nep-hme New Economics Papers
on Heterodox Microeconomics
Issue of 2016‒07‒02
fourteen papers chosen by
Carlo D’Ippoliti
Università degli Studi di Roma “La Sapienza”

  1. Sraffa, Myrdal and the 1961 Söderström Gold Medal By Rogério Arthmar; Michael McLure
  2. Social Capital: From One-Dimensional Man to One-Dimensions Economy and Economics By Ben Fine
  3. What to teach, when teaching economics as a minor subject? By Martin Kniepert
  4. Under Uncertainty, Over Time and Regarding Other People: Rationality in 3D By Dorian Jullien
  5. Gendered Entrepreneurship Networks By Markussen, Simen; Røed, Knut
  6. Financial regimes, financialization patterns and industrial performances: preliminary remarks By Giovanni Dosi; Valerie Revest; Alessandro Sapio
  7. Religion, Economy, and State: Economic Thought of al-Mawardi in Adab al-Dunya wa-al-Din By Jaelani, Aan
  8. Towards a national indicator for urban green space provision and environmental inequalities in Germany: Method and findings By Henry Wüstemann; Dennis Kalisch;
  9. The Future of Work in the ‘Sharing Economy’. Market Efficiency and Equitable Opportunities or Unfair Precarisation? By Cristiano Codagnone; Fabienne Abadie; Federico Biagi
  10. Finanzas, crisis y los límites de las reformas en Estados Unidos By Stanley Simon Malinowitz
  11. How much do sociologists write about economic topics? Using big data to test some conventional views in economic sociology, 1890 to 2014 By Daoud, Adel; Kohl, Sebastian
  12. Do resource depletion experiences affect social cooperative preferences? Analysis using field experimental data on fishers in the Philippines and Indonesia By Kenta Tanaka; Keisaku Higashida; Arvin Vista; Anton Setyo Nugroho; Budi Muhamad Ruslan
  13. ¿Quién cuida en la ciudad? Oportunidades y propuestas en Montevideo (Uruguay) By Batthyány, Karina
  14. Hogares y Cuidado Doméstico no Remunerado en Colombia By Carlos Alberto Duque García

  1. By: Rogério Arthmar (Department of Economics, Universidade Federal do Espírito Santo); Michael McLure (Business School, University of Western Australia)
    Abstract: This paper reconstructs the awarding of the 1961 Söderström Gold Medal to Piero Sraffa by The Royal Swedish Academy of Sciences. It explains why the prize was created and highlights Gunnar Myrdal’s nomination of Sraffa for the award overseen by the Academy. Primary historical documents are used to establish the amicable relationship between these two economists and to point out their differences and affinities on issues relating to the history of economic thought, particularly in connection with Ricardo’s economics. In addition, Sraffa's activities in Stockholm are detailed, including his contact with Swedish economists and his attendance at the award ceremony. Contemporary reactions in Sweden and Italy to the awarding of this prize to Sraffa are reviewed. The final remarks offer some reflection on the significance of the 1961 Söderström Gold Medal for the history of economics as a field of study.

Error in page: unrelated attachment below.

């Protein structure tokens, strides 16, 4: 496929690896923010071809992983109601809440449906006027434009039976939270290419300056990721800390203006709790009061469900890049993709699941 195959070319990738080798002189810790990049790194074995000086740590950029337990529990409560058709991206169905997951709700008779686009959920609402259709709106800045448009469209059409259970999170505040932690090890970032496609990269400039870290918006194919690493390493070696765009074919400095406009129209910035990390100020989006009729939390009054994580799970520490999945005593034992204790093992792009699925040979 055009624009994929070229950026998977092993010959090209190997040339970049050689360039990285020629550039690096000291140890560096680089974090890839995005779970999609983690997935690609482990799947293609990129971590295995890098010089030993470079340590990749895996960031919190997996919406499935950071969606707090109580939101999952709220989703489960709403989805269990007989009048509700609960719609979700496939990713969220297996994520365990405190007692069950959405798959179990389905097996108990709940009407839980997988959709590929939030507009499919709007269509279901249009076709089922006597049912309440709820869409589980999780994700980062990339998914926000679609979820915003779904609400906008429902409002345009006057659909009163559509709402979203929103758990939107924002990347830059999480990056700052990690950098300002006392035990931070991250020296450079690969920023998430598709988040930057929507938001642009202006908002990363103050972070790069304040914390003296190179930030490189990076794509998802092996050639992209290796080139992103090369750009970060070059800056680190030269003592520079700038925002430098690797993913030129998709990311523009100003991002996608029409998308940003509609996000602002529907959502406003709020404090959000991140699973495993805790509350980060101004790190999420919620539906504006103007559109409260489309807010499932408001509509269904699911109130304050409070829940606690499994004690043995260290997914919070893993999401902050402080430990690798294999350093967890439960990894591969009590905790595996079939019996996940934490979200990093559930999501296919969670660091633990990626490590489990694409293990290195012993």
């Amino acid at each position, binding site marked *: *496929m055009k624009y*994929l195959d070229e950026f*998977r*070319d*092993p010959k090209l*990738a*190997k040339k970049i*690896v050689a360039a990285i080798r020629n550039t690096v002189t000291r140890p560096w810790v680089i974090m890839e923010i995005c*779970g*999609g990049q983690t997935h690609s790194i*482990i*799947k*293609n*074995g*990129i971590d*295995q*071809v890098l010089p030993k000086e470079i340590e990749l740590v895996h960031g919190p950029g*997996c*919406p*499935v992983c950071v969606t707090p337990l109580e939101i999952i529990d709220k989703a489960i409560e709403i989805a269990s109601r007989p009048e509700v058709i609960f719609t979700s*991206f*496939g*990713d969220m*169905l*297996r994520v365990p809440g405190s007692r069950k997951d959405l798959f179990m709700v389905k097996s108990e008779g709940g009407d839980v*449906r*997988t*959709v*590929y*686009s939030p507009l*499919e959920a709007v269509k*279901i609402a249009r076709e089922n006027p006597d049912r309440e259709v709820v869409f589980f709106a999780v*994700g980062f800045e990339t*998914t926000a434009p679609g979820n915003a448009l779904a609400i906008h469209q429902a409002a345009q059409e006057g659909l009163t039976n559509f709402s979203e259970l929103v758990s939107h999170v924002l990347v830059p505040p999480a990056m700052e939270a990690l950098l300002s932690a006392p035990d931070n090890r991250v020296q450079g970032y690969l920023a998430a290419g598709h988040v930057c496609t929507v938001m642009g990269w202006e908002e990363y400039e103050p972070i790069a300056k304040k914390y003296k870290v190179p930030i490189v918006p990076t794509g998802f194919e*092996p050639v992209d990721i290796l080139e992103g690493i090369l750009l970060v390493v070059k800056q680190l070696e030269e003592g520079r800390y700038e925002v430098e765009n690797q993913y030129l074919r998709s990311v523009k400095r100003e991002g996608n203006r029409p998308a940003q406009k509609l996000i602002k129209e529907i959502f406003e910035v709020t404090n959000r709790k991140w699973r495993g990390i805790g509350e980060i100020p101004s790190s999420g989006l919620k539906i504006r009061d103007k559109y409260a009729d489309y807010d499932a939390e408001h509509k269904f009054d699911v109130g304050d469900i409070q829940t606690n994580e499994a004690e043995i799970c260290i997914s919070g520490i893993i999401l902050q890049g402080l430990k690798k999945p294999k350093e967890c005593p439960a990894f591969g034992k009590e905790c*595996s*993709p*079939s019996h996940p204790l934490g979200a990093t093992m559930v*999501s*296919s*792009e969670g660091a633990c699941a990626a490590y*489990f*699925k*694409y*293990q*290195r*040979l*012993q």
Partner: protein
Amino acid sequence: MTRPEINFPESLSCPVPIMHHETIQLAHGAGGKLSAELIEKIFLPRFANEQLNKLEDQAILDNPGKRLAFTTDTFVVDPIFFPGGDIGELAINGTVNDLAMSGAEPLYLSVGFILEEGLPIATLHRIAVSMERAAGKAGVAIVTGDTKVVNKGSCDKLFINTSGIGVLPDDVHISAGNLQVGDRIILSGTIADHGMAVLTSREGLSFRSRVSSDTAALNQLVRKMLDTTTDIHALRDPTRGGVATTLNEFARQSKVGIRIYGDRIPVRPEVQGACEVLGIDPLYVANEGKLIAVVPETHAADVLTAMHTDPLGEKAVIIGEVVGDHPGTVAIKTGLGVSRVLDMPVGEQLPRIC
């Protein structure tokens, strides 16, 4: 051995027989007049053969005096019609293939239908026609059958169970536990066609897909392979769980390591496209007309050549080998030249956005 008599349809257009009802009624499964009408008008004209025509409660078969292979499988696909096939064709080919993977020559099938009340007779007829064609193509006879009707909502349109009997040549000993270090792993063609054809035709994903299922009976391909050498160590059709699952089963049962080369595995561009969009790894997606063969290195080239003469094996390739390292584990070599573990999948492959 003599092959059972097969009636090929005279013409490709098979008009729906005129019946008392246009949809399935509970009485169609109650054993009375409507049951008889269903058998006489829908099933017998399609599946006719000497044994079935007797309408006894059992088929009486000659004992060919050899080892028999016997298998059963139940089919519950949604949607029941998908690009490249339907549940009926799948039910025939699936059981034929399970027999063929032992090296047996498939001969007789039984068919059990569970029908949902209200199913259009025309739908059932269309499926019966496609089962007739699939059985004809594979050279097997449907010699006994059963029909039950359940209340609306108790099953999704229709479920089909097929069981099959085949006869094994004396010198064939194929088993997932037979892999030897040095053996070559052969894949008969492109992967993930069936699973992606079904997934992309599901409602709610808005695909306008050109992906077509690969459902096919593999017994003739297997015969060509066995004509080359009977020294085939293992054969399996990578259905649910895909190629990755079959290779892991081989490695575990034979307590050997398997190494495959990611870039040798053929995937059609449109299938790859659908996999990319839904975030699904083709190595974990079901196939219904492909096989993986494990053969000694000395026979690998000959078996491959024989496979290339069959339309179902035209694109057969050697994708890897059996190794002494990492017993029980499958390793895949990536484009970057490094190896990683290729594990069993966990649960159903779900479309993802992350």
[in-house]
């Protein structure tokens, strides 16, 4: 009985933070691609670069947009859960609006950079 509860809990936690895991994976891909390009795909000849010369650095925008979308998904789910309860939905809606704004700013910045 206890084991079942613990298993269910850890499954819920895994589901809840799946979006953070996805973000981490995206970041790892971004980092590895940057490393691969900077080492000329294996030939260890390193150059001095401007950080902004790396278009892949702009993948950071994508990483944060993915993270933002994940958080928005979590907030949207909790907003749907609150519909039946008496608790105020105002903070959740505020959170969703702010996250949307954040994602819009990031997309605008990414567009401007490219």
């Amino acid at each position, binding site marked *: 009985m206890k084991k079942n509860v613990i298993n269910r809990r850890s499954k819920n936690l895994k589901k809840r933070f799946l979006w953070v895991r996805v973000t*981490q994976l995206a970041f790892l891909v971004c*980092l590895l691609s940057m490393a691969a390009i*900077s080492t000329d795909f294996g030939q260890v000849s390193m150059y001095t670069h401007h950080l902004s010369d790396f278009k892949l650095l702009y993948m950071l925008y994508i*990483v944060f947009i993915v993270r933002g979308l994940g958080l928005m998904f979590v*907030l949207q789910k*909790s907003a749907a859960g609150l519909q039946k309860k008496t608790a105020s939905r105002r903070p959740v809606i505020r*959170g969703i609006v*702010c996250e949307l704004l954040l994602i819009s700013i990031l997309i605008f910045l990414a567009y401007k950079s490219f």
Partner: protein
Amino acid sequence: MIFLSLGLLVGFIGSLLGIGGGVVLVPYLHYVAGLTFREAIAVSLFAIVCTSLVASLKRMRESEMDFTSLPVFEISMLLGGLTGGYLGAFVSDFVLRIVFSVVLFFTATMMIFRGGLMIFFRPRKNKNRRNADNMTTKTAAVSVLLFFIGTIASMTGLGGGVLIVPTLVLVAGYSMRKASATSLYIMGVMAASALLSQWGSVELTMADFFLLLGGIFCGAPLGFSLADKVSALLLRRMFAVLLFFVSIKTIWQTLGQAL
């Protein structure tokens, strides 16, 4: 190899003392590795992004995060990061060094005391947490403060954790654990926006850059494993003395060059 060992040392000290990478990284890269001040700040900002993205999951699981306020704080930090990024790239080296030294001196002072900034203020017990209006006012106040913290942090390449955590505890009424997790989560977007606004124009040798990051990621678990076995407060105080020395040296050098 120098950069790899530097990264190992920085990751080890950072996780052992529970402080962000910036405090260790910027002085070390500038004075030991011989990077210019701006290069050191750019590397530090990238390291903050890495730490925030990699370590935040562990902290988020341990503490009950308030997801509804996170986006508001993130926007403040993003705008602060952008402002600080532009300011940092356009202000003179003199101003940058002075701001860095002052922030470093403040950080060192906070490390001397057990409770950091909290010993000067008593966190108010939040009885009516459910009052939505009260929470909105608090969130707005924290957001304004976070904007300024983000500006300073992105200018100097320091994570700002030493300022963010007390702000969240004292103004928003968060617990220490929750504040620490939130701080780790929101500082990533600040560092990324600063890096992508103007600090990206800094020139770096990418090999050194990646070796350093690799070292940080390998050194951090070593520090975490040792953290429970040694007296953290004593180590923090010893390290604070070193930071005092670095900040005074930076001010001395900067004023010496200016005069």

Date: 2016
  2. By: Ben Fine (Department of Economics, SOAS, University of London, UK)
    Abstract: The evolution to dominance of neoclassical economics is reviewed in light of Marcuseís One-Dimensional Man in the wake of the fiftieth anniversary of the classicís first publication.
    Keywords: Economics Imperialism, Neoclassical economics, Marcuse
    JEL: B13 B50
    Date: 2016–06
  3. By: Martin Kniepert (Institute for Sustainable Economic Development, University of Natural Resources and Life Sciences Vienna)
    Abstract: Over the last few years, demands from student organisations for pluralism in teaching economics gave quite a stir to neoclassical economics; at least in the media, and at some selected universities. On the other hand, university teachers show considerable inertia. Sometimes they are pointing out that economic theory was not as streamlined as asserted. But mostly they insist on mainstream teaching as a basic prerequisite, possibly to be complemented later by some elective courses. While a dispute about the adequacy of this will certainly continue, it has to be stated that the typical syllabus for economics as a minor subject leaves the respective students with a very narrow notion of economics. This paper elaborates on this aspect. It outlines specific restrictions and requirements an economics-minor syllabus has to comply with in order to have a realistic chance for a wider dissemination at universities. Taking account of this, it is shown that pluralist intentions are covered to a considerable extent by the broader perspective of (new) institutional economics as developed by North, Williamson, Ostrom, and others. At the same time it allows for a coherent and commonly shared body of economic knowledge. To circumstantiate this, this paper resorts to important steps in the history of economic thinking, to its epistemological foundations, as well as to rather practical needs of mutual recognition of exams.